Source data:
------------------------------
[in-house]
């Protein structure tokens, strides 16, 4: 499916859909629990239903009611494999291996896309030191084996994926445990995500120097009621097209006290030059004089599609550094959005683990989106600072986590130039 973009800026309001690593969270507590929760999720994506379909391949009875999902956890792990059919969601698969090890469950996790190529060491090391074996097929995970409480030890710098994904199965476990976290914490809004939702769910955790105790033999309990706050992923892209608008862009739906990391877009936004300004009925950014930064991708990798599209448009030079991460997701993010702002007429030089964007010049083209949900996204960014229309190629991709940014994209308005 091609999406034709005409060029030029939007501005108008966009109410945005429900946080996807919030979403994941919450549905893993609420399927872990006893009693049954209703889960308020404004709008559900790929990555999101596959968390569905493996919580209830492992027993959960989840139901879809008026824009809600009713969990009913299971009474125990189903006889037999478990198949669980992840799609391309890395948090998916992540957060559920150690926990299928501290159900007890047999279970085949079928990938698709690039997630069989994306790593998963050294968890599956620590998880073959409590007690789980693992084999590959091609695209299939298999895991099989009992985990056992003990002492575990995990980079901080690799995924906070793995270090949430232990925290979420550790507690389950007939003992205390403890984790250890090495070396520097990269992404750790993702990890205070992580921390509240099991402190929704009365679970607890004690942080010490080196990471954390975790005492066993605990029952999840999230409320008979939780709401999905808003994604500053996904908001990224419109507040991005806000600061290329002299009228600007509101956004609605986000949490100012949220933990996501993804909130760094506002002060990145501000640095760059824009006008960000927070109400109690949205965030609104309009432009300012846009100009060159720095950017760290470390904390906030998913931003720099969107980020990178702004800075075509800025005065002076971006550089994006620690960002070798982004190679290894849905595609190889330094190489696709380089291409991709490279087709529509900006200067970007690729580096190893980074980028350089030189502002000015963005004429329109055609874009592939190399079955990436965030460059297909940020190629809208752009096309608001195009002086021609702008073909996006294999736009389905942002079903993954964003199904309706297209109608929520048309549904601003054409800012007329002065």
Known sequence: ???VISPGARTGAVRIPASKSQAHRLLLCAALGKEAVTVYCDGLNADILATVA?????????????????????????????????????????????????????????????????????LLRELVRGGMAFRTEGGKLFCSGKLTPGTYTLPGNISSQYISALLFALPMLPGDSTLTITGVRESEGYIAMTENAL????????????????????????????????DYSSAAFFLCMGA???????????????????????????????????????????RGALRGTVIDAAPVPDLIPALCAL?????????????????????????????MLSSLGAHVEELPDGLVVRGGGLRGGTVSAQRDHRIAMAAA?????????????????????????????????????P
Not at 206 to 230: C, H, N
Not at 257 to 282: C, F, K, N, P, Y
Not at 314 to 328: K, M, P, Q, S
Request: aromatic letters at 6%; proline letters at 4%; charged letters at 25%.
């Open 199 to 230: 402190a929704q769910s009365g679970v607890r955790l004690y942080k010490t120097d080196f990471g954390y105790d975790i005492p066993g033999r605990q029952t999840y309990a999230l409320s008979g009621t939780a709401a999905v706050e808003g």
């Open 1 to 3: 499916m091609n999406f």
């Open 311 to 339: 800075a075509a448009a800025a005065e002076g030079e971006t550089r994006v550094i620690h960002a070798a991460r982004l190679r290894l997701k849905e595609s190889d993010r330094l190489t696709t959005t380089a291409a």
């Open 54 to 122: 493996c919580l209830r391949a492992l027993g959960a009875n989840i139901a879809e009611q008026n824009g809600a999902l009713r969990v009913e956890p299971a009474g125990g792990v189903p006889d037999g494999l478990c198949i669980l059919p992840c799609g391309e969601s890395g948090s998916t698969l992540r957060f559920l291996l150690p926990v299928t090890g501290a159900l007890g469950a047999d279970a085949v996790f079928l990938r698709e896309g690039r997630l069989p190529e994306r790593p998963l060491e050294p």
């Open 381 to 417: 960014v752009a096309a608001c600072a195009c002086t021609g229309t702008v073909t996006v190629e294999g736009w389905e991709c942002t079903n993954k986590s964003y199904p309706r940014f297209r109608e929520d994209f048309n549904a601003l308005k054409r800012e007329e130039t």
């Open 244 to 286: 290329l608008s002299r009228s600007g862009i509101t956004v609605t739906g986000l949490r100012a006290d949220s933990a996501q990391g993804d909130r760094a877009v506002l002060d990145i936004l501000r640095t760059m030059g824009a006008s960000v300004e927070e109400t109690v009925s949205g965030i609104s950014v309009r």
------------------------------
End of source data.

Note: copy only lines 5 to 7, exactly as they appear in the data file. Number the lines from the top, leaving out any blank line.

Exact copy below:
Not at 257 to 282: C, F, K, N, P, Y
Not at 314 to 328: K, M, P, Q, S
Request: aromatic letters at 6%; proline letters at 4%; charged letters at 25%.